A few days ago, I talked about “The Big Three” in social networking: Facebook, Twitter, and LinkedIn. I also alluded as to how they all generally play nicely with each other. You can link one account to another and eliminate all the extra work of having to update three networks at the same time. Sounds like a good idea, right?
There are definite advantages in terms of effort and engagement to linking some of your social network accounts. Update one time and magically, all your networks know what you’re up to! However, I don’t subscribe to this philosophy and if this is how you’re doing things, you might want to rethink your strategy.
Don’t have one? Now is a good time to get one. Let me use myself as an example.
I have a personal Facebook profile. I made a choice long ago to keep it as locked down as possible. It’s personal. I talk about my pets, my husband, my son, where I live, and yes, I even use real names! I share photos only with friends and keep the rest hidden. Am I hiding something? No. I just like to maintain a small sense of privacy on the web.
At one point, I was only friends with people I knew personally in real life. Soon after, I realized that I was better friends with people online whom I had never met than people I attended high school with 20-something years ago. As a result, I’ve broadened my circle some but still keep it relatively small and private.
I update my status directly on Facebook. I don’t have my personal profile update my Twitter or LinkedIn profile and I don’t have either of them set up to update my personal Facebook profile. What I do have is an app installed on Facebook, called Selective Tweet Status.
With this app, I can tweet away and when I think I have something I’m tweeting about that’s worth sharing with my personal circle (who aren’t all on Twitter), I can simply add a #fb to the end of my tweet. My profile status gets updated ONE TIME with the tweet I selected.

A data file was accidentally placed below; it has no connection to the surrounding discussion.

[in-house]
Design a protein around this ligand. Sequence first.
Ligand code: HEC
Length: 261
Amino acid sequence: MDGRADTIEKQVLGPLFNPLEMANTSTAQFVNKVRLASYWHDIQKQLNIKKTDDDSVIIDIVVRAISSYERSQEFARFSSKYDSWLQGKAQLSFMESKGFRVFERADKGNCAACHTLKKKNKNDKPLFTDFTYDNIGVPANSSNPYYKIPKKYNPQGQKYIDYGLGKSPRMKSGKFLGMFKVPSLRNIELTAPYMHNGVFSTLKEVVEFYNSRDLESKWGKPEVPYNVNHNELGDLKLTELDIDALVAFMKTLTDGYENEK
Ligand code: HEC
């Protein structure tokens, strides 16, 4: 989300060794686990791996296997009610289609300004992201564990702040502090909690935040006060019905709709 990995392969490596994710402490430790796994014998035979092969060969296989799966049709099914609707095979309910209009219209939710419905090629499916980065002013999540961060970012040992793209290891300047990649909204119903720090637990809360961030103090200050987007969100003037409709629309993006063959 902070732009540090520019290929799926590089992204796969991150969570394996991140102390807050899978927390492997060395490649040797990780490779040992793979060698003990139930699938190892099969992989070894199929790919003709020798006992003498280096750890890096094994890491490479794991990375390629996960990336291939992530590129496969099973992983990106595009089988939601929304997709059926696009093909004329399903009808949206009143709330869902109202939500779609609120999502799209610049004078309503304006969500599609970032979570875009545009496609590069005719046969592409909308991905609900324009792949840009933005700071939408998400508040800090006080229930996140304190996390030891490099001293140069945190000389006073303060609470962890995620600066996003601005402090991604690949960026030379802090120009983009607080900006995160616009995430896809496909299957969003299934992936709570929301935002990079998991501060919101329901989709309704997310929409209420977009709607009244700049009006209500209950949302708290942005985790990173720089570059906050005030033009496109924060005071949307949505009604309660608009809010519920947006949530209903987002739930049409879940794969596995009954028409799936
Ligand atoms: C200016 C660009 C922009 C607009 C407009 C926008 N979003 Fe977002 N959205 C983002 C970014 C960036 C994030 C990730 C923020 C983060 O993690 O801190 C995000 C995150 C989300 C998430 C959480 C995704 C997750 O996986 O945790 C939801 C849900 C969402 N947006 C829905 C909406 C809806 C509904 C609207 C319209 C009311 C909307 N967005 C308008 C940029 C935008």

Facebook Fan Page
My Facebook fan pages are very different. Anyone can like me (will you please?) and I share content related to the site. It may or may not be personal but there are specific goals. To get people to read, respond, or share. Or preferably do all three. I want to amplify the content as much as possible so it has a broad reach.
Facebook offers the ability to link your fan pages to specific Twitter accounts. When you do this, every single Facebook fan page update will be published to your linked Twitter account.
So is that a bad thing? For the way I use my fan pages, no, it’s not. I post a couple of times a day and it’s usually in a manner that is looking for engagement. I ask a question. I ask for comments. I post a funny picture. I want people to answer me. With this connection, I’ll often get my responses on Twitter AND Facebook. It’s especially helpful when you’re looking for timely responses.
The linkage also helps build fan page traffic as well. If you link your accounts and type a message that is 140 characters or less, the only way someone can tell that the source of the tweet is Facebook is from the indicator at the bottom of the tweet.
BUT… if you create a Facebook update that’s greater than 140 characters, you’ll see a Facebook status that looks like this:
And a tweet that looks like this:
Twitter can’t complete the message so it creates a link back to my Facebook page. Some people will simply respond on Twitter. Others will click through and read the full message. If they want to respond on Facebook, they have to like my page. It’s not a trick! I swear! It’s just another way to encourage engagement.
Now, I know you have questions. I’m pretty sure they go something like this:
Isn’t it easier to just have Twitter update my Facebook status all the time?
No. It’s annoying, especially if you tweet a lot. If this is how you have your accounts set up, please fix it. Facebook people do not like Twitter behavior. Trust me.
Can’t I set up my personal profile to sent my status updates to Twitter?
You sure can. Just remember that a status update longer than 140 characters will link to your personal profile. If you don’t want to invite the world in, you may want to avoid that strategy.
I use Hootsuite and/or Tweetdeck and can selectively update my Facebook from there. Isn’t that good enough?
If that’s the way you like doing it, you keep on truckin’. I’m more of an automated girl when it comes to stuff like this.
What about Linkedin? You mentioned that was one of The Big Three but didn’t talk about any linkage.
Right you are. I felt like LinkedIn is a bit of a black cloud shrouded in mystery for many people, especially bloggers. I think it deserves an entire post unto itself.
Stay tuned for more next week…